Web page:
Now, for some you can get away with vsync, the lack of vsync can present screen tearing, where the projector shows two halves of a frame giving a visually apparent non-alignment of the two images somewhere on the screen, generally perceived as a jutter. This will be more apparent on screens that have variable input response times, such as the EH500. The EH500 was not meant to be a gaming projector, it handles some amount of video processing in the background, there are times when this can hold up the image about to be displayed, taking perhaps 38ms instead of 33ms to display the image. This happens often on this projector and tends to cause A LOT of screen tearing, which in turn leaves me with a decision to make, deal with the increased input lag of vysnc or deal with the visual artifacting of screen tearing. If you are playing with 3D glasses, this is not an option, screen tearing will destroy the 3D effect and give you a massive headache in the process.

Now I cannot speak to the GT1080 regarding variable input response or screen tearing as I do not own one, but I can say that if the response time is truly 32ms, this is very sad considering their push regarding this projector was about quick response for gaming; if a not quite proscene business projector (EH500) has the same input response, this does not speak volumes for their attempt. Meanwhile the EH500 has sharpness that surpasses BenQ's W1075, color that is bright and fairly accurate after calibration (though not even close to as accurate as BenQ's RGBRGB wheel) and black levels that far surpass most of Optoma's other home entertainment offerings. Granted it is almost twice the money.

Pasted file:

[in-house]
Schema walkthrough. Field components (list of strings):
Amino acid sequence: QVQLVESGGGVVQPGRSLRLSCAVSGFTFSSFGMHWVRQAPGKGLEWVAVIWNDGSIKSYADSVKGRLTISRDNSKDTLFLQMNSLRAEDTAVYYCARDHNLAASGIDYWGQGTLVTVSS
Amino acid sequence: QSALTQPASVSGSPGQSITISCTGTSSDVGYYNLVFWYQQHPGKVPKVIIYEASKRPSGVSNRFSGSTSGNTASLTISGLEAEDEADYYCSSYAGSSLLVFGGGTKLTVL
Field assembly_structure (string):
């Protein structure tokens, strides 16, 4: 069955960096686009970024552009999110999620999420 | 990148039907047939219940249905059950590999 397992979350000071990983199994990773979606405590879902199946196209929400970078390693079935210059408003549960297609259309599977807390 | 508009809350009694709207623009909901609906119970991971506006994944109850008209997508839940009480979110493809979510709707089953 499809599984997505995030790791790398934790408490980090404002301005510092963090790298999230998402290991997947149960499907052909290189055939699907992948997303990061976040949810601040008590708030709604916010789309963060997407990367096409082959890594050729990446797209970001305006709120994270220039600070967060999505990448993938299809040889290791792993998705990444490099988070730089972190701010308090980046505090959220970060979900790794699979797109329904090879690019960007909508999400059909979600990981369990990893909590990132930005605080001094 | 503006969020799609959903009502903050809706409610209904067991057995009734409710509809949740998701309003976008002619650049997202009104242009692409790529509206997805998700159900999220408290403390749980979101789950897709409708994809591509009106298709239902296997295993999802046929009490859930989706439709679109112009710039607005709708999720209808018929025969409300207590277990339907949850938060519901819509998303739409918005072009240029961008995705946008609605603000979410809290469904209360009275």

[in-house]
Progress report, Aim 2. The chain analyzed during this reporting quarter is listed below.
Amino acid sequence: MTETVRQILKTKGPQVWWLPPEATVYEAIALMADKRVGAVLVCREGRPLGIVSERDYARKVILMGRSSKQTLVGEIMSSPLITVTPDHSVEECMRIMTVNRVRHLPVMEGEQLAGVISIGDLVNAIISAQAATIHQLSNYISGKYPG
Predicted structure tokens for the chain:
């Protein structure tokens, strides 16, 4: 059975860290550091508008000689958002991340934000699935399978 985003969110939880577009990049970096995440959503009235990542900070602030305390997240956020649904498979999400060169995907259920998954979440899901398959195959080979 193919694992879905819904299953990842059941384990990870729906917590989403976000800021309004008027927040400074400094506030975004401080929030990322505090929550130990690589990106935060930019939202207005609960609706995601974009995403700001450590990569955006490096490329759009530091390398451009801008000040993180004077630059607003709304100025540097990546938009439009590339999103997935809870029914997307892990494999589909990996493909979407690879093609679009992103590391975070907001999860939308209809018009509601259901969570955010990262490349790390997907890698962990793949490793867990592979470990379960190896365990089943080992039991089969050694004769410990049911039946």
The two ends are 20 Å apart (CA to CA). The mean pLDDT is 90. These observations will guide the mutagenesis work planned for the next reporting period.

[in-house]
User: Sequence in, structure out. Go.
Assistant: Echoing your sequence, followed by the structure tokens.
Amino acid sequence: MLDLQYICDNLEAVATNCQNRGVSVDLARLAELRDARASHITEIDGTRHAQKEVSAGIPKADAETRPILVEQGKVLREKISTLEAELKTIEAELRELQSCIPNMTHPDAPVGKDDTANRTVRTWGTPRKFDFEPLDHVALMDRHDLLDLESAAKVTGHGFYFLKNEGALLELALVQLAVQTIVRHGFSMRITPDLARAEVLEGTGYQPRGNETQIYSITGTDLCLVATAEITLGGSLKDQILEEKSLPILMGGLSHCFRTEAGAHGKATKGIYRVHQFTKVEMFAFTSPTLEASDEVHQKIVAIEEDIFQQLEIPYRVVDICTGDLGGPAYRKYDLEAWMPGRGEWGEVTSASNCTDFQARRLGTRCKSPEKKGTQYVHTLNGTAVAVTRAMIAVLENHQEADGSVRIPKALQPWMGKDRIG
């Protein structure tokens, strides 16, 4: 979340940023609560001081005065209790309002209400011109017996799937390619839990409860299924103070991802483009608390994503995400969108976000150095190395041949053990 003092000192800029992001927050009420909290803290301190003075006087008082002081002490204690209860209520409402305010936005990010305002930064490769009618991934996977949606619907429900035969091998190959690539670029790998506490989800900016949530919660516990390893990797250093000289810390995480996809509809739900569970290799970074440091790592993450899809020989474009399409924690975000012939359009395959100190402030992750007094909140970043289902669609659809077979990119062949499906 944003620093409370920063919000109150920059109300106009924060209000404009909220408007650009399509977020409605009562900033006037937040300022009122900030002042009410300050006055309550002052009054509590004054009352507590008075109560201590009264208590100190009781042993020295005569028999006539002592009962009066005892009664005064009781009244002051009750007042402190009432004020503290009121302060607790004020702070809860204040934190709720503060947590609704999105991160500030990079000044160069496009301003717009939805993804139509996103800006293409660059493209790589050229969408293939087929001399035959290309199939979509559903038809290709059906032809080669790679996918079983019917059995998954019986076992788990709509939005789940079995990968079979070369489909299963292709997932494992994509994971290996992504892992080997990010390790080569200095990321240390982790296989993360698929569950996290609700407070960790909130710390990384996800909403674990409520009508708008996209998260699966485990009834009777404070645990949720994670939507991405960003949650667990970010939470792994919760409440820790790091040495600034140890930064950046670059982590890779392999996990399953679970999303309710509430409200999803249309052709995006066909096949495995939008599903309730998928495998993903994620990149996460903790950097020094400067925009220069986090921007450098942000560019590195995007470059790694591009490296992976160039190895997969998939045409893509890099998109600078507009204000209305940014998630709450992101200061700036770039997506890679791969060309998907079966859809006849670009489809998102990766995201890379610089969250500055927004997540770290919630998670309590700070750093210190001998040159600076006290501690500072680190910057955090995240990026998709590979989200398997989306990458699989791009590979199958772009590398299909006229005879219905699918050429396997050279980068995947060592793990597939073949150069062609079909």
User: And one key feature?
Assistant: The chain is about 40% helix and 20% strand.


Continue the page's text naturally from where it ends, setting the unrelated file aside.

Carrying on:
When they come out with a projector that truly measures input lag times of 16-18ms as this projector claimed to, then I will be interested.
Vladimir Posted Feb 16, 2015 10:25 PM PST
Does anyone know the input lag measurements for Benq HT1085ST? Is the HT1085ST lag the same as HT1085 lag?